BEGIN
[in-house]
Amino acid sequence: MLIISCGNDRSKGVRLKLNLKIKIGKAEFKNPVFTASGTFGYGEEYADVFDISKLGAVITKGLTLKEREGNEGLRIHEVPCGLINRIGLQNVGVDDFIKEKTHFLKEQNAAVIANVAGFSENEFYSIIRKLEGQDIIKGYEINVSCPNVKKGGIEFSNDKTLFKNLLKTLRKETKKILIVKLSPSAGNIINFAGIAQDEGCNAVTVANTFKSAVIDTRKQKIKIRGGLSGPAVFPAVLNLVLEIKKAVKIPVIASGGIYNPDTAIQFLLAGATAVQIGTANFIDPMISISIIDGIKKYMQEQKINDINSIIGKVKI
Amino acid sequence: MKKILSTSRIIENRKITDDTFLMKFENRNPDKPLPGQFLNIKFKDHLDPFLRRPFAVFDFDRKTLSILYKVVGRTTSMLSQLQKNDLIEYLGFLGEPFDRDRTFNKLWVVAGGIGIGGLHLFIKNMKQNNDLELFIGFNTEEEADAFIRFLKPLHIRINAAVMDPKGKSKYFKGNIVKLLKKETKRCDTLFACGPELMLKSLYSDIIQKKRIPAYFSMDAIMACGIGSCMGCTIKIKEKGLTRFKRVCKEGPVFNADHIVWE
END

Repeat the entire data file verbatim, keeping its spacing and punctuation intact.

[in-house]
Amino acid sequence: MLIISCGNDRSKGVRLKLNLKIKIGKAEFKNPVFTASGTFGYGEEYADVFDISKLGAVITKGLTLKEREGNEGLRIHEVPCGLINRIGLQNVGVDDFIKEKTHFLKEQNAAVIANVAGFSENEFYSIIRKLEGQDIIKGYEINVSCPNVKKGGIEFSNDKTLFKNLLKTLRKETKKILIVKLSPSAGNIINFAGIAQDEGCNAVTVANTFKSAVIDTRKQKIKIRGGLSGPAVFPAVLNLVLEIKKAVKIPVIASGGIYNPDTAIQFLLAGATAVQIGTANFIDPMISISIIDGIKKYMQEQKINDINSIIGKVKI
Amino acid sequence: MKKILSTSRIIENRKITDDTFLMKFENRNPDKPLPGQFLNIKFKDHLDPFLRRPFAVFDFDRKTLSILYKVVGRTTSMLSQLQKNDLIEYLGFLGEPFDRDRTFNKLWVVAGGIGIGGLHLFIKNMKQNNDLELFIGFNTEEEADAFIRFLKPLHIRINAAVMDPKGKSKYFKGNIVKLLKKETKRCDTLFACGPELMLKSLYSDIIQKKRIPAYFSMDAIMACGIGSCMGCTIKIKEKGLTRFKRVCKEGPVFNADHIVWE